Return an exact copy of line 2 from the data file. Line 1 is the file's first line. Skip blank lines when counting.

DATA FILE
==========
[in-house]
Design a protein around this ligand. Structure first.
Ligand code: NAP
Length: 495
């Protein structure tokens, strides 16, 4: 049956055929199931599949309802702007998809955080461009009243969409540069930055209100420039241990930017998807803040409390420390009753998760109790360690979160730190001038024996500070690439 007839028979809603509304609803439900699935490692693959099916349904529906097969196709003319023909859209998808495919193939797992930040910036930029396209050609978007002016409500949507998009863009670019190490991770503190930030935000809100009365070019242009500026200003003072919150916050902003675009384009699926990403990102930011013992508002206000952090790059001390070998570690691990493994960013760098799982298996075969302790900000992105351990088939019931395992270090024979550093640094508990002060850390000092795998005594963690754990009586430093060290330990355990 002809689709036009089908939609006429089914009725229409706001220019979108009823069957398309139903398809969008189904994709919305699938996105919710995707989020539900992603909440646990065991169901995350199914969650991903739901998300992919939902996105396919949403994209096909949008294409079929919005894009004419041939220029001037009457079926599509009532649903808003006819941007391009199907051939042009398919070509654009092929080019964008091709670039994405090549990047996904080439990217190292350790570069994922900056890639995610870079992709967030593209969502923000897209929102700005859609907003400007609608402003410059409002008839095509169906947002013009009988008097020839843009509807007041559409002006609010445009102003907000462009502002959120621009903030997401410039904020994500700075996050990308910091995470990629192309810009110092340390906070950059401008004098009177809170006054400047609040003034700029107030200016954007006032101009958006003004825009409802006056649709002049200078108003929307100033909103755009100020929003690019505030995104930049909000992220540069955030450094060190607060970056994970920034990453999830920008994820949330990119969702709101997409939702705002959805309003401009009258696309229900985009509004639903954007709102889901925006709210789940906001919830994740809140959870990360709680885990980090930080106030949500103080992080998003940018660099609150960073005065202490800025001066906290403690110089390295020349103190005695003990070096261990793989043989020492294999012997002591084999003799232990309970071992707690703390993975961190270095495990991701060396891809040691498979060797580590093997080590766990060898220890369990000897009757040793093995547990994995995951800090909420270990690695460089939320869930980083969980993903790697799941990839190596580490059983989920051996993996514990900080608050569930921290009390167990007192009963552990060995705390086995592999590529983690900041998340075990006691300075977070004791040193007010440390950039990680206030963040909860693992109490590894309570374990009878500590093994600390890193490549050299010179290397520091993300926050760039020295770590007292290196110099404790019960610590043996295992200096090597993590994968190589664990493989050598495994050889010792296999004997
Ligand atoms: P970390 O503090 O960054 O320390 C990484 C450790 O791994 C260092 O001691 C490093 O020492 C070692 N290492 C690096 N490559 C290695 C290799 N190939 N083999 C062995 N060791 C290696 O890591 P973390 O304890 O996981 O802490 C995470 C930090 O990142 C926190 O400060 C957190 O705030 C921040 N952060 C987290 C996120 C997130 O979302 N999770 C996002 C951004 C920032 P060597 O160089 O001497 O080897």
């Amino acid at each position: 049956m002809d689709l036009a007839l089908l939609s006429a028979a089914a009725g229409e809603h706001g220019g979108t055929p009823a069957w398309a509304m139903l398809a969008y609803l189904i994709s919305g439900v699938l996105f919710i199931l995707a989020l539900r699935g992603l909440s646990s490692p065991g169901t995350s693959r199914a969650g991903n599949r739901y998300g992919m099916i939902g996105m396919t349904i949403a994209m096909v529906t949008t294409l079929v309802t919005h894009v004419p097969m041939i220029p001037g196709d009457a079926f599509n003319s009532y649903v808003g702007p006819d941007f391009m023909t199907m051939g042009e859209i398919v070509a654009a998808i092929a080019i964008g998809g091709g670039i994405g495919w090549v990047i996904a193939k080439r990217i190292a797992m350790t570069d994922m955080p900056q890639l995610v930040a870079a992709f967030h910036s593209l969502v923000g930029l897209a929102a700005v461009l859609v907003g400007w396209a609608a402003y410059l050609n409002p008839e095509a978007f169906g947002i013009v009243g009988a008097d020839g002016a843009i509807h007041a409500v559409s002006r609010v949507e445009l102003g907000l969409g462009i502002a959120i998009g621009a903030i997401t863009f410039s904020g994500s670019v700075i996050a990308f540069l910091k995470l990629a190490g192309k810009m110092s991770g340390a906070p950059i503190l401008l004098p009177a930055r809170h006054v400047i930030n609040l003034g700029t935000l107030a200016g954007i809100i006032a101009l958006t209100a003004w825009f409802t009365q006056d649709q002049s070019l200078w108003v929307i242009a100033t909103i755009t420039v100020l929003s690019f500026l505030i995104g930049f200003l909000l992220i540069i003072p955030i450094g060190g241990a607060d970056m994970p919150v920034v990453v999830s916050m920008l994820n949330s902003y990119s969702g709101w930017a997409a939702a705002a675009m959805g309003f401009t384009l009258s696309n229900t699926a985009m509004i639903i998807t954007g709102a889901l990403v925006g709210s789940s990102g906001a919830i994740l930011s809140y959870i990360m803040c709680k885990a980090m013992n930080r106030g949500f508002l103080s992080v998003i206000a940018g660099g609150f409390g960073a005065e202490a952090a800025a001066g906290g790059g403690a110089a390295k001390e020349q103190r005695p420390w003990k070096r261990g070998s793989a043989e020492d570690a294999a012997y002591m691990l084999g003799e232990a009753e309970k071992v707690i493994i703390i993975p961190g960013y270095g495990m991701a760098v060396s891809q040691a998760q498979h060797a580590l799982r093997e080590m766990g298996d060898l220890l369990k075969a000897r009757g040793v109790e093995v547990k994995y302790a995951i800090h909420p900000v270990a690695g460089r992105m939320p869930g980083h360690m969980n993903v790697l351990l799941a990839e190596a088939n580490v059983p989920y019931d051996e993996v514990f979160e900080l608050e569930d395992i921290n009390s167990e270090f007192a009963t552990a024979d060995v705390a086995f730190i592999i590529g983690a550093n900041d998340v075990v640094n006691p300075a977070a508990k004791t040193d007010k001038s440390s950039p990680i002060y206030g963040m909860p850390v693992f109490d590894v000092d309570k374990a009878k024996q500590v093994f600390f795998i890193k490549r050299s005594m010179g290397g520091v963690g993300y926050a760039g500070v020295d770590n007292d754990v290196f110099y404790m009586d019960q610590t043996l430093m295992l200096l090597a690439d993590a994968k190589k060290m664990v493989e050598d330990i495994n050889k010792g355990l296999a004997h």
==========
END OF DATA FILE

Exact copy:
Design a protein around this ligand. Structure first.